Russian grain ports are overflowing after two big harvests. That means any military escalation in the crucial Black Sea risks depriving the world of huge amounts of crops it’s counting on.
(Bloomberg) — Russian grain ports are overflowing after two big harvests. That means any military escalation in the crucial Black Sea risks depriving the world of huge amounts of crops it’s counting on.
Port capacity is being stretched as the wheat giant struggles to clear the volumes despite massive exports. Russia shipped 4.4 million tons of wheat in July, a record for the month and almost 60% above average, according to consultant SovEcon.
Some terminals on the Azov Sea stopped accepting grain due to lack of storage capacity, SovEcon said. That’s a problem for farmers if the situation in the Black Sea between Ukraine and Moscow worsens and slows Russian flows, because they’ll have nowhere to send their harvest that’s critical to global food supplies.
Top wheat shipper Russia, which last month exited a deal allowing Ukraine to export from Black Sea ports, moves most of its grain through the waterway. The country started the export season with the largest wheat stockpile in three decades, according to the US government. The big supplies have helped make Russian wheat among the world’s cheapest.
Russian sales slowed in recent weeks because of bottlenecks caused by handling so much grain, according to SovEcon.
“You have rail traffic jams and delays around seaports and it snowballs,” SovEcon Managing Director Andrey Sizov said. “Everything is used almost.”
For now, Russia’s smaller ports on the Azov Sea are more overloaded than the main Black Sea grain port of Novorossiysk, SovEcon said. Vessels sailing from Azov Sea ports usually unload onto bigger ships at the Kerch Strait which sail onward through the Black Sea, but navigation through the strait has been restricted for safety reasons after an attack on the Kerch bridge earlier this month.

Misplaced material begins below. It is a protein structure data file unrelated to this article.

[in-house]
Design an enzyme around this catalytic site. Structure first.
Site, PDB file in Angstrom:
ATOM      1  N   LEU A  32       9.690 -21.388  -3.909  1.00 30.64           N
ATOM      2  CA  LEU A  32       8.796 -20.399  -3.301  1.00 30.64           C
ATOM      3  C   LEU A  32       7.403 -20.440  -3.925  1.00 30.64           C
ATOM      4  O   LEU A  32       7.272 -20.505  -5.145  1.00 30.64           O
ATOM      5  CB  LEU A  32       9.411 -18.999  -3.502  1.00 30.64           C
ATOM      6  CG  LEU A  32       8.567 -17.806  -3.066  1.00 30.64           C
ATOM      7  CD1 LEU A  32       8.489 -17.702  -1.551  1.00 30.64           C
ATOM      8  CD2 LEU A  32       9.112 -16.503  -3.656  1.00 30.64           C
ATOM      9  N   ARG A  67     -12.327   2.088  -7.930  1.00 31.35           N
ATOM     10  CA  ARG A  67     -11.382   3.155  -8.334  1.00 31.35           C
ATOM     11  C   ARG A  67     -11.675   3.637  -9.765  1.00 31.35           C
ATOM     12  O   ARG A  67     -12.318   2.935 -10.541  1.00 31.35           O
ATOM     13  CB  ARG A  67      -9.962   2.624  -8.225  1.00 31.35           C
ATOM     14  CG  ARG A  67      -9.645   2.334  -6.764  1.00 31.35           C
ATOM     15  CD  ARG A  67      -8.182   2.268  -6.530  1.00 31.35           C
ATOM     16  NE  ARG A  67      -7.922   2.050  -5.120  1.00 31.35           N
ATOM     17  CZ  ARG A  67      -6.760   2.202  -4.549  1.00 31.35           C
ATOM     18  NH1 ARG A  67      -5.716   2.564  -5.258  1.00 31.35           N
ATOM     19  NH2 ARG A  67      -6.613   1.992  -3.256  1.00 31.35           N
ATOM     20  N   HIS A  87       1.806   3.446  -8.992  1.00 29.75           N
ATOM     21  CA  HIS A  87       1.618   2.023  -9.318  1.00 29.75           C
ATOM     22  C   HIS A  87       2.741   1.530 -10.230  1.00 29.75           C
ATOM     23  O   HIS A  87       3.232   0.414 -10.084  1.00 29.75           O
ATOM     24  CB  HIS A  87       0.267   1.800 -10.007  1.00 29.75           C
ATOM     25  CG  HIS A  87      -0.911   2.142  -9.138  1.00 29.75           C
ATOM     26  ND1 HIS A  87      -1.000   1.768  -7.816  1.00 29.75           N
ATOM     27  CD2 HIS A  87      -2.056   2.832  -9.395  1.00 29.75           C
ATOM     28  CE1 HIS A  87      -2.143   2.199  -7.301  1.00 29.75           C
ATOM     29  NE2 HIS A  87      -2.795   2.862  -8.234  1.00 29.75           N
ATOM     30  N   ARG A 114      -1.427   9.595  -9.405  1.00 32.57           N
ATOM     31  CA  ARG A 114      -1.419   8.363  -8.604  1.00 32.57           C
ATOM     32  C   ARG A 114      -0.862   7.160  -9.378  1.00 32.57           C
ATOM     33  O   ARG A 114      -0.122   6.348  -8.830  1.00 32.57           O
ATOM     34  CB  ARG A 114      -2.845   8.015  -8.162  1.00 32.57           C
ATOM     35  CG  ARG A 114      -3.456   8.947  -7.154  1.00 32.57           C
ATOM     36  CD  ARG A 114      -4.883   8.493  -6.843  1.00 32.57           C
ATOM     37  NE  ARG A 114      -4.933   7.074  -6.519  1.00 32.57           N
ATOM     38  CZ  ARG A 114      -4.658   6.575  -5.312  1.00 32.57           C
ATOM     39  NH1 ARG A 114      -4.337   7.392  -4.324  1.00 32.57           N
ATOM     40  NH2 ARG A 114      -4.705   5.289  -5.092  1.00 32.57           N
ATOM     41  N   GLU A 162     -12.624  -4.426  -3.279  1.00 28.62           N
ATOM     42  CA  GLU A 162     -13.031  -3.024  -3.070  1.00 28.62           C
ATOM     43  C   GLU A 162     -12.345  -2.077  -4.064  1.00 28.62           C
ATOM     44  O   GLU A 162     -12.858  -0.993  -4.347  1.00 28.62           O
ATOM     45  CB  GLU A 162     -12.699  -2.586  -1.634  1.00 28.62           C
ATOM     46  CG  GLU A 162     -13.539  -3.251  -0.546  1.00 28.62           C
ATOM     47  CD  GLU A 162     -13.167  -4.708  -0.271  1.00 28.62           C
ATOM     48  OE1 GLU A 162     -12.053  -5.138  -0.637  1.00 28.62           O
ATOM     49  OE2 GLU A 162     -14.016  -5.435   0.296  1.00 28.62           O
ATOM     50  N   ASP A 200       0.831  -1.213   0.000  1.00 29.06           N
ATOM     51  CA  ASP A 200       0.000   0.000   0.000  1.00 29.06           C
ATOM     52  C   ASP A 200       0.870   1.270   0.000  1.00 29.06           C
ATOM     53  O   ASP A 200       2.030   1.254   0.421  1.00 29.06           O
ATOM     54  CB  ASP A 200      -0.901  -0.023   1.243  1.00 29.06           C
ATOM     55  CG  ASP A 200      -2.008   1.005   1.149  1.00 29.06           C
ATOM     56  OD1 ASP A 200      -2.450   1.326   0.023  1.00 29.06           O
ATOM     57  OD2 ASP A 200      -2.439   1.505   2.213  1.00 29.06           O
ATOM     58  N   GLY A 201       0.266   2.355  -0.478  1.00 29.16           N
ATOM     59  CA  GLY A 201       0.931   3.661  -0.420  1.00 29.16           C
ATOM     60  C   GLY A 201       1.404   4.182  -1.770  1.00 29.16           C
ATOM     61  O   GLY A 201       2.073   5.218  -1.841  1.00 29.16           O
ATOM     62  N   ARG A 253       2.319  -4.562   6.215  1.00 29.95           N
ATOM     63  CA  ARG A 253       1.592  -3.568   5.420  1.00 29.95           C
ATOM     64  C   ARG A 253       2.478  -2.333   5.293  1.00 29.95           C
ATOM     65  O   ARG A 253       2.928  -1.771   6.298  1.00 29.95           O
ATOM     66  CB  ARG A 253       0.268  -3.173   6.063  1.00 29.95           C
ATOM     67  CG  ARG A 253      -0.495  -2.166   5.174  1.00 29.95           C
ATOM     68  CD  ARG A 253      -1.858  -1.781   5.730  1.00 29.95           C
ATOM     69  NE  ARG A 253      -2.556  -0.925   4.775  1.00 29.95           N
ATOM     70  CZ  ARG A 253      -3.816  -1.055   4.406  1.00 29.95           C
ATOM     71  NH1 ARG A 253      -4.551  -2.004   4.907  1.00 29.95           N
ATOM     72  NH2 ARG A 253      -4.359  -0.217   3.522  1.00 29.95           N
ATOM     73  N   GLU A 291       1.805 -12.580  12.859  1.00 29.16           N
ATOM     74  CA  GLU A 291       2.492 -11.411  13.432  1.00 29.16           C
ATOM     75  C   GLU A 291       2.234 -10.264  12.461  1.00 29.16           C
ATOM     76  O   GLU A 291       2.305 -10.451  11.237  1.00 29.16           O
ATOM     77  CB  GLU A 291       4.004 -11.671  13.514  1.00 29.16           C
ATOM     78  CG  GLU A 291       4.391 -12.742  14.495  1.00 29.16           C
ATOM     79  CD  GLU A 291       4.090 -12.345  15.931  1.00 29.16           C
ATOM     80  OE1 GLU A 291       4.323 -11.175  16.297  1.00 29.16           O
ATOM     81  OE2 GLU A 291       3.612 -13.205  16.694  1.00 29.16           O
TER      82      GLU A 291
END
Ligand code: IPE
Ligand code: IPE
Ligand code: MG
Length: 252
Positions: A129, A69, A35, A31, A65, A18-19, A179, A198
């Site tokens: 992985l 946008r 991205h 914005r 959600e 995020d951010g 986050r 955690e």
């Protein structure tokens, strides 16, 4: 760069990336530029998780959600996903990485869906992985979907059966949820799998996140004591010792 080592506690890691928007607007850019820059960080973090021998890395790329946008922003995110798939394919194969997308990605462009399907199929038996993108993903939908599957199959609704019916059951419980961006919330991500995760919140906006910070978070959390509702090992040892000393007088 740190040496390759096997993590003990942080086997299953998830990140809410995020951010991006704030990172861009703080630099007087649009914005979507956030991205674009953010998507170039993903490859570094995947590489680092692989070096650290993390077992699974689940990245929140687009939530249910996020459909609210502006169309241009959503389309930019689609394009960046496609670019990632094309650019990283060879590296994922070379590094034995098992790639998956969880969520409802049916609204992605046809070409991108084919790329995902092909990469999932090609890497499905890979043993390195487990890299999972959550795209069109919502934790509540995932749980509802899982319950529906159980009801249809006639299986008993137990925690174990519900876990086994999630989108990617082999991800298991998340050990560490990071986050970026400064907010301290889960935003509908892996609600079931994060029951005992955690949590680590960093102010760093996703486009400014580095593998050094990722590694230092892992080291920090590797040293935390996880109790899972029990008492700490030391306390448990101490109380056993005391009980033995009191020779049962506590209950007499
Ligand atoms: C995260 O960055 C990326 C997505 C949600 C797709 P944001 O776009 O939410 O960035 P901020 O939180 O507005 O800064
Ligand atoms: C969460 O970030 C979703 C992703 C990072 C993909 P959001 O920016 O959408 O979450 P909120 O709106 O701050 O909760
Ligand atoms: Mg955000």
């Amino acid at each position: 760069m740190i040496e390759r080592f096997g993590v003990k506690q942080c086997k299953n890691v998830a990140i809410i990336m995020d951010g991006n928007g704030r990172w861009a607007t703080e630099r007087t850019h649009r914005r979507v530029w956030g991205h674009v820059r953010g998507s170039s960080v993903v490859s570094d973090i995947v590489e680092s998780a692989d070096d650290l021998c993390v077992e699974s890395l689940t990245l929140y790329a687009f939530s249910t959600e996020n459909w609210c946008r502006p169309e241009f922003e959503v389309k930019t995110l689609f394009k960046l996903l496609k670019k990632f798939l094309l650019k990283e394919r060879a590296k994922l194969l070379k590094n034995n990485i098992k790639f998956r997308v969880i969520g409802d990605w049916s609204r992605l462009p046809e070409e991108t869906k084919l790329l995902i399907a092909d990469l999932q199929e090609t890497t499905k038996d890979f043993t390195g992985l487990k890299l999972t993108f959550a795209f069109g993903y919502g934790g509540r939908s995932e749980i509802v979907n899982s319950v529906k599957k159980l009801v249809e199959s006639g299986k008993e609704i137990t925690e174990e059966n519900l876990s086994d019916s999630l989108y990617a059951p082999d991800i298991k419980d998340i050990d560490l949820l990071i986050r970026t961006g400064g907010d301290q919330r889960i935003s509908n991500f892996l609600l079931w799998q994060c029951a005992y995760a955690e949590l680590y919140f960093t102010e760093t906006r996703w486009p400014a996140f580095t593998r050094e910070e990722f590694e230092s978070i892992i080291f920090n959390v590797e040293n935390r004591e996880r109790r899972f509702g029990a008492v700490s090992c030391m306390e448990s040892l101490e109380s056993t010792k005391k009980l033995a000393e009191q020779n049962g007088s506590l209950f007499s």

Any escalation in the Black Sea could have big knock-on effects for global grain trade. Kyiv hit a Russian oil tanker over the weekend and warned that more attacks could follow, as it seeks to retaliate for the Kremlin’s efforts to cripple Ukrainian grain exports. That may make some shipowners more cautious about calling at Russian Black Sea ports.
Read: Ukraine to ‘Pick’ Targets if Russia Blocks Ports, Zelenskiy Says
If the backup persists or worsens, that could create storage headaches for the country’s grain growers and force them to pile more up at farms. For example, they may not have space to store different kinds or classes of wheat separately, according to Dmitry Rylko, director of Moscow-based consultant IKAR.
“The storage situation is quite tense,” he said. “Despite the high exports there’s still a lot of grain, and the south is expecting the second wave of the harvest.”
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